All That Glitters

By: Diana Palmer


THE BRIGHT TEXAS sun was hot on Ivory Keene’s short, wavy blond hair. She’d only just had it cut. Its natural wave gave it golden highlights, adding to the soft radiance of her oval face with its creamy complexion and faintly tormented warm gray eyes.

Her youth made the woman standing on the porch, watching her, feel her age even more. It added to Marlene’s resentment toward her only child. She took an impatient draw from her cigarette with her too-red lips, wrinkled a little around the edges from years of smoking. She used concealers, but they were cheap and didn’t work. If Ivory had taken the modeling job Marlene had tried to push her into, she would have had money for expensive cosmetics. She’d coaxed and demanded and cried, but for once, she hadn’t been able to move the silly girl. Instead Ivory had managed to get a scholarship to a fashion design school in Houston and now she was determined to go there.

“You’ve been out of high school for two years. You’ll be older than most of the other students,” Marlene argued from the porch, still hoping to keep Ivory from leaving. “Besides, you don’t even know how to set a proper table or get along in polite society,” she added meanly.

“I’ll learn those things,” Ivory replied in her quiet drawl. “I’m not stupid.”

I’ll have to learn everything you never taught me, Ivory thought as she stood in front of the house, watching for the neighbor who was giving her a lift to the bus station. Her mother had never been sober long enough to teach her much except how to fetch glasses and bottles and wait on her boyfriends. She felt a chill, even in the hot sun. Come on, she called silently to her neighbor, please come on, before she finds some way to stop me!

“You don’t even own a decent dress,” her mother scoffed. She herself was wearing a nice dress, a present from her last boyfriend. Ivory’s was a homemade cotton one, an original design and nicely made, if cheap. The girl could sew, all right, but one needed more than a little talent to become a famous designer. It amused Marlene that Ivory thought she had the brains or the personality for such a career. Now, Marlene knew she could have done it herself when she was younger. Except that she’d never learned to sew, and she didn’t want to spend every waking hour working.

Ivory’s slender hands clenched the old suitcase. “I’ll get a job. I know how to work,” she added pointedly. Her mother had always made sure that Ivory had had jobs since she had been old enough to be employed.

The sarcasm didn’t faze Marlene, though. It was early morning, but she had already had her first drink of the day. She was moderately pleasant, for the moment. “Don’t forget to send me some of your salary,” she reminded Ivory. “You wouldn’t want me to tell all the neighbors how you walked out and left me to starve, would you?”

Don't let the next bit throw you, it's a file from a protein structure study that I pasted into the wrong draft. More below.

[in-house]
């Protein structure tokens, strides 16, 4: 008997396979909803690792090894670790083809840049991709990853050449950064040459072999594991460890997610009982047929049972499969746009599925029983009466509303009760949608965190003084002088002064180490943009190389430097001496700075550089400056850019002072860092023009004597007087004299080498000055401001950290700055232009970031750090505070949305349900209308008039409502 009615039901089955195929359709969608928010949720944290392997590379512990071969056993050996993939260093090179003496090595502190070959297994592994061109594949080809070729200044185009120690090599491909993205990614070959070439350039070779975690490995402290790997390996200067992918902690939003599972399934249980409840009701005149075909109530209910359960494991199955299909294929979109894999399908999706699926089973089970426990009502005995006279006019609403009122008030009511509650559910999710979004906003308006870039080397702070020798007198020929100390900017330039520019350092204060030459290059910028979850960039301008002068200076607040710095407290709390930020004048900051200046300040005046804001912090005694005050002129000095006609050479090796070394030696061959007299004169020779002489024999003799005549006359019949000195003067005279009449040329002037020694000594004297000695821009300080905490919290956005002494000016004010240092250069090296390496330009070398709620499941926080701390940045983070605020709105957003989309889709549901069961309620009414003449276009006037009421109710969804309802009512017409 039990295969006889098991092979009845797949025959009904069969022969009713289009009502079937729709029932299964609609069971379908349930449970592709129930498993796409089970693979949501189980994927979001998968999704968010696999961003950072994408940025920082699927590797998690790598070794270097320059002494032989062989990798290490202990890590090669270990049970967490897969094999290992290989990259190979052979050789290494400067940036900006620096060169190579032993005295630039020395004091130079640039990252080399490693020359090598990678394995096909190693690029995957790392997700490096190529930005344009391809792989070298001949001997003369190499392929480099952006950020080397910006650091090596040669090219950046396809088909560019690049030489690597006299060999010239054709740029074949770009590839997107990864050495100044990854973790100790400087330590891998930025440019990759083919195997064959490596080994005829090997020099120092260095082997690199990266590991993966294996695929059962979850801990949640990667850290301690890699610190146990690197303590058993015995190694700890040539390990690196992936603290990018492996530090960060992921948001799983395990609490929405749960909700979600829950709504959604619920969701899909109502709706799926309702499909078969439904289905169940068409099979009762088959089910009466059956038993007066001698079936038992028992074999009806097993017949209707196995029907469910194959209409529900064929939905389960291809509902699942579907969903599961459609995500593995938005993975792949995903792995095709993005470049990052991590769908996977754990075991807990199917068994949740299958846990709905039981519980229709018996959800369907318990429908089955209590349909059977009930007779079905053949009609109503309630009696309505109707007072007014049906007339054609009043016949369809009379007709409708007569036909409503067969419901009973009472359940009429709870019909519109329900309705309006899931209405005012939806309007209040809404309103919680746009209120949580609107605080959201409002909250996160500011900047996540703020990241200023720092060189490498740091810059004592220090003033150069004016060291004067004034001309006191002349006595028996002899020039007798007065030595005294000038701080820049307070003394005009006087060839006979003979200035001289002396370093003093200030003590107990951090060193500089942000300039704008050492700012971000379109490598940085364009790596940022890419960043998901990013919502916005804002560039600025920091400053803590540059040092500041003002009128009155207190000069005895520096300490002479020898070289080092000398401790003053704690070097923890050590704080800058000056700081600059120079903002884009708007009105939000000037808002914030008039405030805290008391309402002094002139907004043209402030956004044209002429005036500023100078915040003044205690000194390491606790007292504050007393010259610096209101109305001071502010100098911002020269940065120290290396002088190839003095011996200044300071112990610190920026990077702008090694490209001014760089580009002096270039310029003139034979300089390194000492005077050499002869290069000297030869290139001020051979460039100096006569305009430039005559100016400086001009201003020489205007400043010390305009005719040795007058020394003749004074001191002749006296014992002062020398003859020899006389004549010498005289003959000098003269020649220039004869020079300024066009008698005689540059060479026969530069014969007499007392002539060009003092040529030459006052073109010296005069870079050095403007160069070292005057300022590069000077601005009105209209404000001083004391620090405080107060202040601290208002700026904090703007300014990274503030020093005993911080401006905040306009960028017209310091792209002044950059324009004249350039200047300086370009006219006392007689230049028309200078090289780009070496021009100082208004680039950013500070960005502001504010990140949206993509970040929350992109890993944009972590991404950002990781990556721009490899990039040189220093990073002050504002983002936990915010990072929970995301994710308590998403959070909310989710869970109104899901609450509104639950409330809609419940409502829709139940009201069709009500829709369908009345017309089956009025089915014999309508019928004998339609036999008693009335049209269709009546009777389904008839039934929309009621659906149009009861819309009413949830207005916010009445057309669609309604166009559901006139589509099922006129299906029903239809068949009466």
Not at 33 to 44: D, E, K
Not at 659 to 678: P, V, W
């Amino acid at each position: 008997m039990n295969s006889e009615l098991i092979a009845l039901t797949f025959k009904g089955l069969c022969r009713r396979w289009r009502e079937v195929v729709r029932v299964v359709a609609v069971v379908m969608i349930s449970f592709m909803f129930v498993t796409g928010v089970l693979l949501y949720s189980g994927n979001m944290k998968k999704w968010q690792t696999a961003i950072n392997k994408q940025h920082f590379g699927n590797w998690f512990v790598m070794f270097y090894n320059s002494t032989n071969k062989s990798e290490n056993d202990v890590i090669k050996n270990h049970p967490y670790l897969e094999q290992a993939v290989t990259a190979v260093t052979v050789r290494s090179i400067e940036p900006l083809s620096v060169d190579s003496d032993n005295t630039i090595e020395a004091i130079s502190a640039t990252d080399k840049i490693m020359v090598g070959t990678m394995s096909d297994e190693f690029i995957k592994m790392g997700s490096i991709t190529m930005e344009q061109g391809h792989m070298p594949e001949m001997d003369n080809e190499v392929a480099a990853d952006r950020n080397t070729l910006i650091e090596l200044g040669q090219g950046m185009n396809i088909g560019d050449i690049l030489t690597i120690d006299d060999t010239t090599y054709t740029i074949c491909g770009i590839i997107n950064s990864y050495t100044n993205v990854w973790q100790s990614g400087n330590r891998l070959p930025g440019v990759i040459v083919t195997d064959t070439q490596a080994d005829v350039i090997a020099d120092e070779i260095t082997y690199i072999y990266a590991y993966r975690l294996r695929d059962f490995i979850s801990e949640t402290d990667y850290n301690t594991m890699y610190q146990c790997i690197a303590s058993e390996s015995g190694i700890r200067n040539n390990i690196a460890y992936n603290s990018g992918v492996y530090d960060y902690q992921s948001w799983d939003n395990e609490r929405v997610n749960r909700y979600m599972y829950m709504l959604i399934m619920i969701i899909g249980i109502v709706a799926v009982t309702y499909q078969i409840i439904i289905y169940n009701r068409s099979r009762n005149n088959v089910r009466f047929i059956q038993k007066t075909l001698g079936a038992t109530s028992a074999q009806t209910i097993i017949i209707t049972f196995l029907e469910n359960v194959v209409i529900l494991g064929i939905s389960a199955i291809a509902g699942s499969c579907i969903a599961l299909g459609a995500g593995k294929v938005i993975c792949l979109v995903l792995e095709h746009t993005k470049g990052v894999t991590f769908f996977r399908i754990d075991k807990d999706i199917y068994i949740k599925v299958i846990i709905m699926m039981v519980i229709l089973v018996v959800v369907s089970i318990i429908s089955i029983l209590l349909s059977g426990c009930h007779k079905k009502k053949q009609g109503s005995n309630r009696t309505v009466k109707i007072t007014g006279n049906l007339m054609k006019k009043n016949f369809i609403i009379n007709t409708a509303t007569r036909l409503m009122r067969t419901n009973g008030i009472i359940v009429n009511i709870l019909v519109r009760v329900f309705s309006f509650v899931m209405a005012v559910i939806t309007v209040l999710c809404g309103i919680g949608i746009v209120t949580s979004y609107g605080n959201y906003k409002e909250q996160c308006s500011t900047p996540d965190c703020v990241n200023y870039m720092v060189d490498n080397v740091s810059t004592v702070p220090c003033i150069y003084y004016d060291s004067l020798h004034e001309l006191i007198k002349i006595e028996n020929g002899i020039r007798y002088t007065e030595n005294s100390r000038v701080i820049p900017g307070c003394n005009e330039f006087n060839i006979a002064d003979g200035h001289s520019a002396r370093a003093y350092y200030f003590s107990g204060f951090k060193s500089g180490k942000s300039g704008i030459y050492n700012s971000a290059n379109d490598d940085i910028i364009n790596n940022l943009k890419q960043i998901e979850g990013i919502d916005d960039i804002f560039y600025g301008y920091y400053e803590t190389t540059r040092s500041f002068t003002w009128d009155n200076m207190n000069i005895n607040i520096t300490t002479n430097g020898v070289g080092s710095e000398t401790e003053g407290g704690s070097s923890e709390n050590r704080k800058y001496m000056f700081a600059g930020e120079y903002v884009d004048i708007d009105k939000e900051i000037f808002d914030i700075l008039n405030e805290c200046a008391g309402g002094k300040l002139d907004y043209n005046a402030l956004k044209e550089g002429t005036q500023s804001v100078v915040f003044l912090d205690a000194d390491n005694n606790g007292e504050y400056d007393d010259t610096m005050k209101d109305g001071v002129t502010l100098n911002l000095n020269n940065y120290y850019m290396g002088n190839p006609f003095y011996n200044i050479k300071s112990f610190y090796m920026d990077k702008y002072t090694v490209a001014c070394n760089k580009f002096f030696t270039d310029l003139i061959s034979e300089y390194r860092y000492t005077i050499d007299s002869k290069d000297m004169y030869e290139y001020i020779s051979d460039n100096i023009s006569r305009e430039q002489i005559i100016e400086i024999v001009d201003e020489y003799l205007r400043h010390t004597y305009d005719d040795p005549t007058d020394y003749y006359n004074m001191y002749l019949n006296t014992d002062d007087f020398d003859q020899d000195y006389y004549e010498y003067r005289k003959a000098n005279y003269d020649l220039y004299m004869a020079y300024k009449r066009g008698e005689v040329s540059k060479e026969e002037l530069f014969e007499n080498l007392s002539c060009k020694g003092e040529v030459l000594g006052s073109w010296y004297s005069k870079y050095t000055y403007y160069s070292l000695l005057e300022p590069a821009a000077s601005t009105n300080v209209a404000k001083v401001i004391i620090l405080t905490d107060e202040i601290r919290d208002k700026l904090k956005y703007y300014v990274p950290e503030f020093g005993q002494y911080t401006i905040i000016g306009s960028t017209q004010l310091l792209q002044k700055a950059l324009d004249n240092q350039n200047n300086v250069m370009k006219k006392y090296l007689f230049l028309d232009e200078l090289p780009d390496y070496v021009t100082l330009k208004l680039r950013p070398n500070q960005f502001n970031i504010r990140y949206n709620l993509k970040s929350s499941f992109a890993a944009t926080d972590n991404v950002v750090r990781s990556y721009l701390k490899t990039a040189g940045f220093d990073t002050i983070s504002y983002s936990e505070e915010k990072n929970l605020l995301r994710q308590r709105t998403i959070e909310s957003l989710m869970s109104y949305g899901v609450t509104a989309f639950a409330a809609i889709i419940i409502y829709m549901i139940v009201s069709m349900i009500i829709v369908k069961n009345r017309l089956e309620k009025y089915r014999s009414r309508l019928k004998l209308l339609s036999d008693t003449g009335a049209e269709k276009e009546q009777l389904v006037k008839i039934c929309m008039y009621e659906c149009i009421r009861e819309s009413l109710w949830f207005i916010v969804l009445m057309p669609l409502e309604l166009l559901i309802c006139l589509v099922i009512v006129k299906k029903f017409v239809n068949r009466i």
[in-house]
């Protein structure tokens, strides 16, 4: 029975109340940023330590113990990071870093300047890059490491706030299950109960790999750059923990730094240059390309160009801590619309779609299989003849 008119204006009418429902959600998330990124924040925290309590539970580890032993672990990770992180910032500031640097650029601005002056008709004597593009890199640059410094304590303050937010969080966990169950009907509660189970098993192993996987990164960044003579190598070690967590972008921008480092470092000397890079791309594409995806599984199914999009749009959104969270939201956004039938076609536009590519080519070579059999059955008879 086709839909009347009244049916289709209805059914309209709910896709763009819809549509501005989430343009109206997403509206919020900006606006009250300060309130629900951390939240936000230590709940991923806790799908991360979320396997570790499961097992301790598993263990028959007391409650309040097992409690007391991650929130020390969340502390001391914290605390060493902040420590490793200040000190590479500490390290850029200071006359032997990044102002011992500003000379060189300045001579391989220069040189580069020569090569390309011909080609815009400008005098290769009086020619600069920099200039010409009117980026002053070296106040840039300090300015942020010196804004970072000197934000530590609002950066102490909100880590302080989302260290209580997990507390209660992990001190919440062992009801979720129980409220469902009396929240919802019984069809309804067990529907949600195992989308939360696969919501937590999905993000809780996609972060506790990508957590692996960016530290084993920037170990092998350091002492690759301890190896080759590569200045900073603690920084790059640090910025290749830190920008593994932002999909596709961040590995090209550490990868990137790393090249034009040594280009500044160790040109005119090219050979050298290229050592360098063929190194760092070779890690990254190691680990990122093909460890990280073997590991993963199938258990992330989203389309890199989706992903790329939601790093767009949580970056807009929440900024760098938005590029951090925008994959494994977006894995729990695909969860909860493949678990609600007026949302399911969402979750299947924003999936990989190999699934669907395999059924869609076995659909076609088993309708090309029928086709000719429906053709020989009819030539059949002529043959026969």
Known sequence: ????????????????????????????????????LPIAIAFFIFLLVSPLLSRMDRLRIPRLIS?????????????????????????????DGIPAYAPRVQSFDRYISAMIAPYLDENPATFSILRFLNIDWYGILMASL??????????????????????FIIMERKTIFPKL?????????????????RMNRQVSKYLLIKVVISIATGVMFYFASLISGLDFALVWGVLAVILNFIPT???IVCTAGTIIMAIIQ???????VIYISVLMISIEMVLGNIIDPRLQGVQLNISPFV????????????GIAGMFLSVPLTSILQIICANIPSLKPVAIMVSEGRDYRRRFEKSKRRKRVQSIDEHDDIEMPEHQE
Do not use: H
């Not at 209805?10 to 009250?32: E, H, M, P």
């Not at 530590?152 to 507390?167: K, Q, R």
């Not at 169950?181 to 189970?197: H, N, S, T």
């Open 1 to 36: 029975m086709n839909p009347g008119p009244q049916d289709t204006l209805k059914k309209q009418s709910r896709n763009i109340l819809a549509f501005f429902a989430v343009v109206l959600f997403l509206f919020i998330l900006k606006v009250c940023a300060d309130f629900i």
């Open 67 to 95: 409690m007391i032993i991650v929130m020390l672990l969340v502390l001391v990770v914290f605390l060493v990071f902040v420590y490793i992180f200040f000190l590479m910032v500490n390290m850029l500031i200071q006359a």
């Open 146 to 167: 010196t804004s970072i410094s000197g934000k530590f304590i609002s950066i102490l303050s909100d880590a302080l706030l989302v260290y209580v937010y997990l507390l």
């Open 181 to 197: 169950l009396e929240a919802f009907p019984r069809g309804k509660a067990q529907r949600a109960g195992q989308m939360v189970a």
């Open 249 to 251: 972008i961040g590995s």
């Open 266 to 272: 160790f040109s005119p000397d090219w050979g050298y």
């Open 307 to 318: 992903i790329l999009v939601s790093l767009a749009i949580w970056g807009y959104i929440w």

Ivory wanted to ask her mother if she could possibly do any more damage to her reputation in the community than Marlene had already done, but there was no point in starting an argument now. She was so close to freedom that she could almost taste it!

“You’ll be back,” Marlene added smugly and took another puff on the cigarette. “Without me, you’ll fall flat on your face.”

Ivory gritted her teeth. She would not reply. She was twenty. She’d managed to finish high school in spite of having to work and in spite of her alcoholic mother. She’d tried to understand why Marlene was the way she was; she’d tried to encourage her mother to get help with her drinking problem. All her efforts had failed. There had been one or two incidents that would be hard to forgive, much less forget. In the end, she’d taken the advice of the family doctor. You can’t help someone who doesn’t think she has a problem, he told her. Get out, he said, before she destroys you, too. Ivory hadn’t wanted to desert the only relative she had in the world. On the other hand, her mother was more than she could handle. She had to leave while she still could. If she could manage to get through design school, her talent might help her rise above the poverty she’d endured all her life.

She looked down the road and thought back to her school days, to the children who had laughed at the way she lived, made fun of her clothes and her ramshackle house and her poor, sharecropper father’s illiterate drawl. They had all heard that her mother had been forced to marry Ivory’s father because she’d gotten pregnant when she was just fourteen, and that knowledge had damaged her own reputation in the community. Marlene had boyfriends, too. A little while after Ivory’s father died, her mother had taken up with one of her lovers, the town’s richest citizen, and painted her child as an immoral, ungrateful thief. Marlene had gained some respect because of her lover’s financial power; but even so, little Ivory was never invited to other children’s parties. She was the outsider. Always, it seemed, people here had laughed about her, gossiped about her. But she was young and strong. She had one chance to escape all of it and make a fresh start somewhere she wasn’t known. She was going to take it.